A blind undergraduate is developing an audio-tactile graphics display (TGD) that turns scientific and mathematical diagrams and graphs into a touchable format, in an attempt to make life easier for visually impaired students. Jim Drury reports.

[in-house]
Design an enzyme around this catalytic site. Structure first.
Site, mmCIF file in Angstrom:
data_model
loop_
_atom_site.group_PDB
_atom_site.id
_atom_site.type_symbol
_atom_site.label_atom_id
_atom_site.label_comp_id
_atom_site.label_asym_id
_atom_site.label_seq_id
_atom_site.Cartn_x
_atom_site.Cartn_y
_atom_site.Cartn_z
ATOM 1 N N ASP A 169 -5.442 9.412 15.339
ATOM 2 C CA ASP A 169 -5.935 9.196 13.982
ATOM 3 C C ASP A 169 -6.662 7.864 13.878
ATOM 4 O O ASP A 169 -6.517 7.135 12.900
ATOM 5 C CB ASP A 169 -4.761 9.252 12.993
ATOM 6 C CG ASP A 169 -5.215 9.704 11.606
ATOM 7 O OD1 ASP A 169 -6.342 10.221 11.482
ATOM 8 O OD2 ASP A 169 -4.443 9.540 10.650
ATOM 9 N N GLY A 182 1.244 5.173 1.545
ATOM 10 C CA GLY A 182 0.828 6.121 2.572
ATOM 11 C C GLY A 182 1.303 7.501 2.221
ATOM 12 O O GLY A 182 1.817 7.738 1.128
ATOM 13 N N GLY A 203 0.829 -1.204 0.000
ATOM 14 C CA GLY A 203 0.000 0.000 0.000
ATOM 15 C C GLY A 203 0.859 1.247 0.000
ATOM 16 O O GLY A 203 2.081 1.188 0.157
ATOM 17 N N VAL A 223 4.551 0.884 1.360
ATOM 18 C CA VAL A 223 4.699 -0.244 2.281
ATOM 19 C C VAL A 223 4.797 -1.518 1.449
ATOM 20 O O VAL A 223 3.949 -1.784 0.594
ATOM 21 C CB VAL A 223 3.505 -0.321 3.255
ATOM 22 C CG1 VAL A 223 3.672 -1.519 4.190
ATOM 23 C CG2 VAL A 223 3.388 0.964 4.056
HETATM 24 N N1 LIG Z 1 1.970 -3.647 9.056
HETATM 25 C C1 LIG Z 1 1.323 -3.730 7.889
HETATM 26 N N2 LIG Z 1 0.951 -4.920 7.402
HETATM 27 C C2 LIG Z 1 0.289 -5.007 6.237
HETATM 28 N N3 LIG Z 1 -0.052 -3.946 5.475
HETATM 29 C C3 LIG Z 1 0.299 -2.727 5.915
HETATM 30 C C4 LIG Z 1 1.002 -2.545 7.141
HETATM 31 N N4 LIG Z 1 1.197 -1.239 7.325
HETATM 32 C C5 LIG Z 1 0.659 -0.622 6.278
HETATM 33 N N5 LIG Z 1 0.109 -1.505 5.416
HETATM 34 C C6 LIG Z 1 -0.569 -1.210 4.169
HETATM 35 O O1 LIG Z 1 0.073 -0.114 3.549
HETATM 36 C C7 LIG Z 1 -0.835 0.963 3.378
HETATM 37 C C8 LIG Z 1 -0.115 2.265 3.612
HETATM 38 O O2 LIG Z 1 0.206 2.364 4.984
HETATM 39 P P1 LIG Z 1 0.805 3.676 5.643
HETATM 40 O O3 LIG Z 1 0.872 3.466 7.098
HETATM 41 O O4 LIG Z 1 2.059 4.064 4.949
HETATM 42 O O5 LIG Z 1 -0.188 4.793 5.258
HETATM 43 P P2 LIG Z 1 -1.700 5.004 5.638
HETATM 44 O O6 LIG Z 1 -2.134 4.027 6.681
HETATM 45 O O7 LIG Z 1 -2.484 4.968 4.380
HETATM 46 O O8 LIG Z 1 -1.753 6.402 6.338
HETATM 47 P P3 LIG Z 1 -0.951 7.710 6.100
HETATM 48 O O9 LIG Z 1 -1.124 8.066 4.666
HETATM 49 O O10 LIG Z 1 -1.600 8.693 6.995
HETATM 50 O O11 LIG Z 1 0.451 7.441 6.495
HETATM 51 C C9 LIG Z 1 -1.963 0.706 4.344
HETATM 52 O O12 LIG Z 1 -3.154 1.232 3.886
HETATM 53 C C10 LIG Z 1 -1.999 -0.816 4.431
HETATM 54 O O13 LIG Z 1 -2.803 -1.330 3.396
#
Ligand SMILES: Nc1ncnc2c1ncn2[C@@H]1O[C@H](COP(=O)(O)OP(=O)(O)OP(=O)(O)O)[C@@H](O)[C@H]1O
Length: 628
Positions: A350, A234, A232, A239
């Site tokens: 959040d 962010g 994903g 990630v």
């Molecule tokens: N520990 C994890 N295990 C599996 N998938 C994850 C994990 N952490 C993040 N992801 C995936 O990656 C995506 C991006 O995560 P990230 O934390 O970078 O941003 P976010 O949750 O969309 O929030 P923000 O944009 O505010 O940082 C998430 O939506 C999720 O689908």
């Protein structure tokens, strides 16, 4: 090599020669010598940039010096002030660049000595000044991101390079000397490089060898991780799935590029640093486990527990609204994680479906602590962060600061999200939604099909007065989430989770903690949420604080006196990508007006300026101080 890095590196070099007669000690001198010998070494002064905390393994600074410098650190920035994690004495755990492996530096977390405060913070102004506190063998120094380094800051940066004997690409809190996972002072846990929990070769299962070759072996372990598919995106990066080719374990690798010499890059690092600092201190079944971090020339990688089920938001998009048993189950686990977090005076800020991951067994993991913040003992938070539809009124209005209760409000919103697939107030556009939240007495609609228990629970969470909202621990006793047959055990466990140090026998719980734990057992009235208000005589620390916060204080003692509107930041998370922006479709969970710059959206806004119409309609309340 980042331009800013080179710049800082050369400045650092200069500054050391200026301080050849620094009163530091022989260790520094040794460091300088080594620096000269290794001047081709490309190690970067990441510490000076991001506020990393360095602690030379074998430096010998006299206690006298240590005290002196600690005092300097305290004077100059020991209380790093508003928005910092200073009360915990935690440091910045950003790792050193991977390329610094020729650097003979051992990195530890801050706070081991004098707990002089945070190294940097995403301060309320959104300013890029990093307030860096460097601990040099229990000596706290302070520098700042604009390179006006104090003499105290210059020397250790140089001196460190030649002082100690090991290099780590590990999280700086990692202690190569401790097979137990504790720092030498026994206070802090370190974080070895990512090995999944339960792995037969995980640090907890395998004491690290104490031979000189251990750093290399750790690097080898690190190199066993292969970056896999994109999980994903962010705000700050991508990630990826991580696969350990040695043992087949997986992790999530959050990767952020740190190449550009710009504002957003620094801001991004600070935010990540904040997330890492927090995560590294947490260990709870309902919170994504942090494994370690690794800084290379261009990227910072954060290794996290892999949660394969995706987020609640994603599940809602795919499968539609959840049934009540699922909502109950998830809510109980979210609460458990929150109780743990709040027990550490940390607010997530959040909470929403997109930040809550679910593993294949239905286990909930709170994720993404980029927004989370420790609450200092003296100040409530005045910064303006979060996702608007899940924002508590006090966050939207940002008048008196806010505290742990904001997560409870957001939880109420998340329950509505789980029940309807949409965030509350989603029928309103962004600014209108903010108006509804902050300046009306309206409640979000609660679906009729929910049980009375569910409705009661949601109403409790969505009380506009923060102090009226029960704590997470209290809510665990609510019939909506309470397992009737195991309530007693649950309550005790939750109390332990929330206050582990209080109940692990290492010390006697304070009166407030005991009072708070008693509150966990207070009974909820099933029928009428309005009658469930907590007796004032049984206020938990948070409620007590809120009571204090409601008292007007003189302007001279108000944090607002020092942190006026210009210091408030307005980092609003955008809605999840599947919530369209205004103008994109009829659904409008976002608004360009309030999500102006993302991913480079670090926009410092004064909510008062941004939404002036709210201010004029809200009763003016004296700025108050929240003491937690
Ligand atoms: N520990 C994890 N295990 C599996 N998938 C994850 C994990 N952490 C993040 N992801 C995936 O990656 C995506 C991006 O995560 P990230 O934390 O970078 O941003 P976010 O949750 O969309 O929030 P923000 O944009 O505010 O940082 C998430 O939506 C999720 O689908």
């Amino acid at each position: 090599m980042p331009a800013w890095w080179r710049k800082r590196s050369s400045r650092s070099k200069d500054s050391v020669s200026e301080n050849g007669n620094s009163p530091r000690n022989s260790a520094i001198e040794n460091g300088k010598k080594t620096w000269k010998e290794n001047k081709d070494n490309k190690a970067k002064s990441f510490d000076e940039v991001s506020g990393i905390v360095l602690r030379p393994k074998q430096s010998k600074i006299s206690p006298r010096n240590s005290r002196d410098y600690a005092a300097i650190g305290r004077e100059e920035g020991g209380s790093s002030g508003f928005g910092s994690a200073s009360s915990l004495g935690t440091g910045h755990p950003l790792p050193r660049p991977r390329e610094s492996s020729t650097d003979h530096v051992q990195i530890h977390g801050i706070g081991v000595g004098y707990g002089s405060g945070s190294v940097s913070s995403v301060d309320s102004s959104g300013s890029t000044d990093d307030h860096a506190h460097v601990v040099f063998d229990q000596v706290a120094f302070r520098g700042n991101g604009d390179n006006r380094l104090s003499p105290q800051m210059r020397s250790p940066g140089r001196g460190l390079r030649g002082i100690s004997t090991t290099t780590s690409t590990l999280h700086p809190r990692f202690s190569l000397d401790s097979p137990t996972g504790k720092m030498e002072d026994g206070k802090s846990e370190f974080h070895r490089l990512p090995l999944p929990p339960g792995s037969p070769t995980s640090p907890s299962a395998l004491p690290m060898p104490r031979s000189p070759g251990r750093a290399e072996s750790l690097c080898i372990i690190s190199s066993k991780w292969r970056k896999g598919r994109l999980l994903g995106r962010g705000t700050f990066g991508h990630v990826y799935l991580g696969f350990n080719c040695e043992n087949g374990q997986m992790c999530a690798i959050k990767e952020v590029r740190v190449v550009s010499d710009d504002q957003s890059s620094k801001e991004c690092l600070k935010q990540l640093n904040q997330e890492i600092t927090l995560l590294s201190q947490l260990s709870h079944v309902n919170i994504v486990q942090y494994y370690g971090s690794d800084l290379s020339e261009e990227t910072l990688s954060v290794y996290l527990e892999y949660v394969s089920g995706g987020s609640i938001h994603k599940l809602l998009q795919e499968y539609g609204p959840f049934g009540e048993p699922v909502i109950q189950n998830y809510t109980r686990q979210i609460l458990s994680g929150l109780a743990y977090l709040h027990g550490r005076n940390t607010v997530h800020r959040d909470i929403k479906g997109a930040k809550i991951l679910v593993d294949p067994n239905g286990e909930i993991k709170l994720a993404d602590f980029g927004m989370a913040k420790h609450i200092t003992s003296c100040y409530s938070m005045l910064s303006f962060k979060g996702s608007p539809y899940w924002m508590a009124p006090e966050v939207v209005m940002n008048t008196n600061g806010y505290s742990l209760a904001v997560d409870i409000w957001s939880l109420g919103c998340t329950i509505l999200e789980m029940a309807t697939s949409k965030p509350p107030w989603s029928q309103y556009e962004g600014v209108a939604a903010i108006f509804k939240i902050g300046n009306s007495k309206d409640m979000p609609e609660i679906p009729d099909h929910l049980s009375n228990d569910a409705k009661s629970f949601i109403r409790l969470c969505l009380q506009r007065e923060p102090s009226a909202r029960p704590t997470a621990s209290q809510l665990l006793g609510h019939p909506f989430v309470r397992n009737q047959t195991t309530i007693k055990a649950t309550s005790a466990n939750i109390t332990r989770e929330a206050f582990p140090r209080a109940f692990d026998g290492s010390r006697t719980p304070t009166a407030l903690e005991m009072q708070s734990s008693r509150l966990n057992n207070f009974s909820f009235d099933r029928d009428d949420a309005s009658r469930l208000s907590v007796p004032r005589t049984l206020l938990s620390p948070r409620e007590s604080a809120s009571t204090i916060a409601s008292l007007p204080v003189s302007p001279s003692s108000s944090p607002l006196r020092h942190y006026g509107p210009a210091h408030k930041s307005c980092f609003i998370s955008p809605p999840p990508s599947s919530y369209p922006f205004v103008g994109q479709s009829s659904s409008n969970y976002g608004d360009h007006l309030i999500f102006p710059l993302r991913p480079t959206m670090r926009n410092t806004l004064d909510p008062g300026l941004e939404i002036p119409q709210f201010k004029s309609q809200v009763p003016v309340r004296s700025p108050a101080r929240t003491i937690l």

Daniel Hajas went blind five years ago, aged 17. He's adapted well, moving from Hungary to study at Sussex University in England. And while undertaking his degree he's made a proof-of-concept device that could help transform the lives of other visually impaired science students. Alongside sighted student David Turner, he's devised hardware and software for this audio-tactile graphics display. SOUNDBITE (English) DANIEL HAJAS (PRON: HY-ASH), BLIND PHYSICS STUDENT AT UNIVERSITY OF SUSSEX, SAYING: "We do have the tactile graphic display, which is the actual hardware supporting the multi modality display of images, but also it comes with a software which helps people to draw and animate graphics." Graphs, shapes, and diagrams are all translated by the machine using taxels - or tactile pixels. SOUNDBITE (English) DAVID TURNER, ASTROPHYSICS STUDENT AT UNIVERSITY OF SUSSEX, SAYING: "The tactile pixels are all connected to a servo, so each taxel has a servo each. The servo is a motor which will rotate though 180 degrees from nought to 180. So at zero degrees the taxel is fully lowered and at 180 it's fully raised and in this model at least they go between nought centimetres and one centimetre." SOUNDBITE (English) DANIEL HAJAS (PRON: HY-ASH), BLIND PHYSICS STUDENT AT UNIVERSITY OF SUSSEX, SAYING: "I put my hands on the device so I can basically more or less feel the whole surface, so that's what's what I would normally do just with my fingers when the taxels are closely packed. Of course, with my senses in my whole hand I could just feel which are the points that are raising up and just from there I could feel the pattern and I could easily visualise a graphical image, what's happening." The pair have also developed software that converts graphs into audio explanations. They're now working on improving the actuators and miniaturising their design. They say a commercially viable, inexpensive device could be launched within five years.